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Netflix’s Fear City Review: When the Mafia Rules Them All (Almost)

Fear City: New York vs The Mafia is a docu-series directed by Sam Hobkinson.

The series is divided into three parts – Mob Rule, The Godfather Tapes and Judgment Day. It is about New York City’s five Mafia families: Gambino, Colombo, Bonanno, Lucchese, and Genoveseand how the FBI and law enforcement officers worked day and night for years to bring these people to justice.

As someone who had no idea about the mafia problems in New York in the ‘70s, this has been a thrilling watch. The series gives a thorough detail into the mafia rule in New York for decades and how the FBI used the Racketeer Influenced and Corrupt Organizations (RICO) Act to bring the criminals to justice.

The mob, during that time, wasn’t just another loose cannon during the ‘70s. it was a very well-knit criminal organisation where the bosses of the five families had their own understanding and took big decisions together. It was called The Commission, and the FBI quickly realised that bringing it down was the only way the city can be rid of its violence.

Unlike other mafia stories, director Sam Hobkinson said that he wanted the perspective of the law enforcement officers to count in his retelling. “Most mafia stories are told from the perspective of the mobsters,” Hobkinson, told the Guardian. “We wanted to tell our story from the perspective of law enforcement.

The setting is as fitting as the people giving the interviews. There are no narrators, and the people involved with the whole operation narrate their part of the story sitting in boxing rings or swanky offices. There’s a general air of mystery and suspense, with original recordings from the wiretaps, news footage and gruesome images intercutting their narration.

It goes on to show how much the mafia had a hold over almost everything in New York and for how long. And it’s not just illegal activities like prostitution or drug trafficking. These guys were also into legitimate businesses like construction and restaurants. As a result, they were making billions of dollars’ worth of money from them.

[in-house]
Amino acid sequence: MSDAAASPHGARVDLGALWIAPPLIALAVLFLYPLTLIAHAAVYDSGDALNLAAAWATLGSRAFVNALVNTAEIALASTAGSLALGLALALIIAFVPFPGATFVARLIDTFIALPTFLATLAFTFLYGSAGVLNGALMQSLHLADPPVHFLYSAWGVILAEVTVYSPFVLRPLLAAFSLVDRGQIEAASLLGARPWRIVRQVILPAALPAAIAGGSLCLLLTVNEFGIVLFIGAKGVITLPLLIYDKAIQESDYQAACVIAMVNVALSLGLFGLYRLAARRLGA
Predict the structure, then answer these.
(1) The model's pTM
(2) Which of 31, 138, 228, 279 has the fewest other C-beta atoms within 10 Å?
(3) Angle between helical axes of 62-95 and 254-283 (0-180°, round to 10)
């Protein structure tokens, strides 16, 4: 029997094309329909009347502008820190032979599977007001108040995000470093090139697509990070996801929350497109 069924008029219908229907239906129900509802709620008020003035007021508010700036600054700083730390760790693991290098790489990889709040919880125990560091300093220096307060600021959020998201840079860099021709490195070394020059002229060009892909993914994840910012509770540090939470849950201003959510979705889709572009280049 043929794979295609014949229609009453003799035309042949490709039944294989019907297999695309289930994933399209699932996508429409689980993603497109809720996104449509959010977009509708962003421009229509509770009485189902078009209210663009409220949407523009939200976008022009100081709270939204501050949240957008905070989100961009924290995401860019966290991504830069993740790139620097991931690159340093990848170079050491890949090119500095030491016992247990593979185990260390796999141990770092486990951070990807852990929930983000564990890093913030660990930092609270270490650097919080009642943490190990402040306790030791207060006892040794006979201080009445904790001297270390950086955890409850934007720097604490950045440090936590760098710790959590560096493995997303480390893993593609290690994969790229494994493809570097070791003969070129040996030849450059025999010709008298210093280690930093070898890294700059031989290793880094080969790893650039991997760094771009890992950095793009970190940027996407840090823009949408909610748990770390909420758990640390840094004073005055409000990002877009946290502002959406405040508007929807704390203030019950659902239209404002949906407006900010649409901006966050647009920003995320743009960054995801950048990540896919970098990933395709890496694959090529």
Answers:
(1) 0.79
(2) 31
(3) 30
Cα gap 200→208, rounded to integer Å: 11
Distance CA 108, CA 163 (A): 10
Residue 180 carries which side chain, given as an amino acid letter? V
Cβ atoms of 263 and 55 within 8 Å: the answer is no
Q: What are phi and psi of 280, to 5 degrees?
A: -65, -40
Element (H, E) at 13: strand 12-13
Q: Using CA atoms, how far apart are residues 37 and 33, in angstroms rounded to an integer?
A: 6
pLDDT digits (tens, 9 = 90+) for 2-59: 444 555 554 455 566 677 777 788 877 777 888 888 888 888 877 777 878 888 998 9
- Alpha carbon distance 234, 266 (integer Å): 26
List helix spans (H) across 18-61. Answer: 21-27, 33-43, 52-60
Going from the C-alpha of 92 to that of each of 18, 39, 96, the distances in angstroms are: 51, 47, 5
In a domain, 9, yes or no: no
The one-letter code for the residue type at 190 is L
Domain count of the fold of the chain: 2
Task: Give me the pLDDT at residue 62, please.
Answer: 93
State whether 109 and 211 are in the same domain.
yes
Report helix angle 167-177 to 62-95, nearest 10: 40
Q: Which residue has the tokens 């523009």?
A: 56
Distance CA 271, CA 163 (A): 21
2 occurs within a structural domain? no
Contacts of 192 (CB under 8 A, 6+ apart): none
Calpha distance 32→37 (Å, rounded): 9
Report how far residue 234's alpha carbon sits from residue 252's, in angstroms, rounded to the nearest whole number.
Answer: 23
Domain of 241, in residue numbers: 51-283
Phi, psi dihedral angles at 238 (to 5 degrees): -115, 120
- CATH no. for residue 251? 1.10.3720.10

However, after a fated seminar with a criminal justice professor at Cornell, the feds came to realise the power that RICO had and they devised a plan to take down not just the soldiers, but the bosses, and thus, the entire operation. And after years of recording, following, and wiretapping, they were successful to bring the mob bosses to justice.

(l-R): Paul Castellano, Carmine Persico, Joseph Bonanno, Tommy Lucchese, Anthony “Fat Tony” Salerno

Apart from interviews, there are also some tense re-enactments that I watched with absolute bated breath in Fear City. The way the feds put in taps into the bosses’ houses, cars and restaurants was mind-boggling. The hours of work and dedication is commendable, to say the least. However, sometimes there can crop up problems during such operations, and it is thus also exciting to watch these people make up a strategy at a minute’s notice.

Fear City also goes deep into the legal aspects of the whole case and details how the case against The Commission was built, brick-by-brick, and made air-tight that resulted in a conviction.

However, is it fair to blame the mob for each and every problem in New York City? Probably not. Systemic racism, poverty and the powerlessness of the cops and feds (which we get to see a bit of here) were rampant during that time (and still is, let’s be honest). That probably wasn’t as much of a mob problem as it was an institutional failure. Sure, the mob was the cause of several problems and had their tentacles in almost everything. But almost – not all.

I think it is not fair to gloss over that fact and make the mob this almost god-like entity when the problems in New York then and now (and all over the world) run deeper than just a class of criminals.

Summing up: Fear City

For fans of mobsters and such, Fear City is a fun watch. Honestly, there’s good storytelling and it’s made easy for people who aren’t familiar with the mob problems of the ‘70s. It is easy to follow, and the re-enactments are fun and thrilling to watch. I also enjoyed the court scenes at the end of the third part. It’s a good entertainer and makes you wonder if mob problems around the world are truly in the past.

Fear City: New York vs The Mafia is streaming on Netflix.

Read our other reviews here.

This post first appeared on TechQuila, please read the originial post: here

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Netflix’s Fear City Review: When the Mafia Rules Them All (Almost)


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